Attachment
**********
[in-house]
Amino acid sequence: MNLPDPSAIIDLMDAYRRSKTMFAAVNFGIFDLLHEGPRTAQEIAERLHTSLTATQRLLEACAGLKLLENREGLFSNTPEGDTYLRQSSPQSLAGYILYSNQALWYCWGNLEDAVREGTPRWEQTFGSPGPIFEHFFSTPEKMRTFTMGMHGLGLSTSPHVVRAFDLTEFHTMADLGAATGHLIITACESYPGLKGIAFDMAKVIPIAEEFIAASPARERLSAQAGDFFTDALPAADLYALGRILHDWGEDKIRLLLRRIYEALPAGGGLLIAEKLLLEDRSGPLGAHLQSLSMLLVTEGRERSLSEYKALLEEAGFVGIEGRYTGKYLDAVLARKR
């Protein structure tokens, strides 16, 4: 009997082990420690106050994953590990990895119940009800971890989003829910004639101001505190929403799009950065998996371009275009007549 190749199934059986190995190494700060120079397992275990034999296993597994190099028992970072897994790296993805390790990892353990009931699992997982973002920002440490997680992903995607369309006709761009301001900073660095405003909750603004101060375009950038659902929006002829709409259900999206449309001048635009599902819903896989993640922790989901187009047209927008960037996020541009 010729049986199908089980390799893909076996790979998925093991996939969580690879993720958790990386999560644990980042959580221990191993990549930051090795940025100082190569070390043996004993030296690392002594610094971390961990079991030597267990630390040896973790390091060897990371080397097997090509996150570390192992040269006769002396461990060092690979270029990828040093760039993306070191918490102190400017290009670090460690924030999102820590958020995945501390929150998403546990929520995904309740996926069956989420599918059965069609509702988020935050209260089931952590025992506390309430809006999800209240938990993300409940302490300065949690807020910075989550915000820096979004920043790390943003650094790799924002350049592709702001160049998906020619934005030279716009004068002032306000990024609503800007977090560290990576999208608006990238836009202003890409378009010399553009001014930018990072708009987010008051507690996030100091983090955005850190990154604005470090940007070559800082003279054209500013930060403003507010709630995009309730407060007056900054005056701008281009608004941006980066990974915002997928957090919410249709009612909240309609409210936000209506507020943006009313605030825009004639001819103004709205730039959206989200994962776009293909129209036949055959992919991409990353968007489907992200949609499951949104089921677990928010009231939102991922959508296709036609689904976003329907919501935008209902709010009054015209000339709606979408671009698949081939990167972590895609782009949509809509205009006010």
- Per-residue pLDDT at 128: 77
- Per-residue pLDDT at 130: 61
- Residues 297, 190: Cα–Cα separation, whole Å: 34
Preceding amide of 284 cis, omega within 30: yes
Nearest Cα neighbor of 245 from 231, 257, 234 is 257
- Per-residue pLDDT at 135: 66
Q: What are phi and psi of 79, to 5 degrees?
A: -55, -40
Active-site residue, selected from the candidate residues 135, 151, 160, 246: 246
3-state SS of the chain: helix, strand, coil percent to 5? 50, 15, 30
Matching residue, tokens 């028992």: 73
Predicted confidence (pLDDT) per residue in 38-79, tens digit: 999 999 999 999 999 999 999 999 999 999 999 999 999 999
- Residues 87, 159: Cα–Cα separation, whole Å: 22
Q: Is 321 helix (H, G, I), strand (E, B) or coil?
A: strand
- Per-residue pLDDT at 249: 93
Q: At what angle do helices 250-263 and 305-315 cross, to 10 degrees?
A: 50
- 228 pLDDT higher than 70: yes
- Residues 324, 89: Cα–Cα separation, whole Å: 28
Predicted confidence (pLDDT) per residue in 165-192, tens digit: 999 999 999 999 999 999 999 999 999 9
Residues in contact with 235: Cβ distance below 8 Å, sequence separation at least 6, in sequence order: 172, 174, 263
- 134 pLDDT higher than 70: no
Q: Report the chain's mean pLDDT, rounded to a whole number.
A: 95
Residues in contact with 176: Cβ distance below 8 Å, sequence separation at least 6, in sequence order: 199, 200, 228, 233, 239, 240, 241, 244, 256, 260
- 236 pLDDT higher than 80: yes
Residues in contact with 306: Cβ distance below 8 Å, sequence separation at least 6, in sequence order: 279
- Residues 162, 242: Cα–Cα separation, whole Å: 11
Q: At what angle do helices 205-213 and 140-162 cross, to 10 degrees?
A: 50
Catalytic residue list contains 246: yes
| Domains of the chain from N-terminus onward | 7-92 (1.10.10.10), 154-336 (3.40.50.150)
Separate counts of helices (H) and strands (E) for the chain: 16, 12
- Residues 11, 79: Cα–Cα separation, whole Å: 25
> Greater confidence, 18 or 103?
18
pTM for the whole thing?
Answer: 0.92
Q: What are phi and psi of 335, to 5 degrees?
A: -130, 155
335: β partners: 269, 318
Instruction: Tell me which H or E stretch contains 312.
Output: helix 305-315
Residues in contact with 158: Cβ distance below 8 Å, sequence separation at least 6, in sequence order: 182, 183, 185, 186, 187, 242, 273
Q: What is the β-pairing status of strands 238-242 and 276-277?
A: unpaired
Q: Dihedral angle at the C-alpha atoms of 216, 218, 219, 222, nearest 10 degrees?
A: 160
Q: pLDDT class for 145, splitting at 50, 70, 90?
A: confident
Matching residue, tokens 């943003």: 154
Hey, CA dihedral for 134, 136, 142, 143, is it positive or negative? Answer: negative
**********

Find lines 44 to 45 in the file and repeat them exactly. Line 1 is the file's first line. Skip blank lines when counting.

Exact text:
A: -130, 155
335: β partners: 269, 318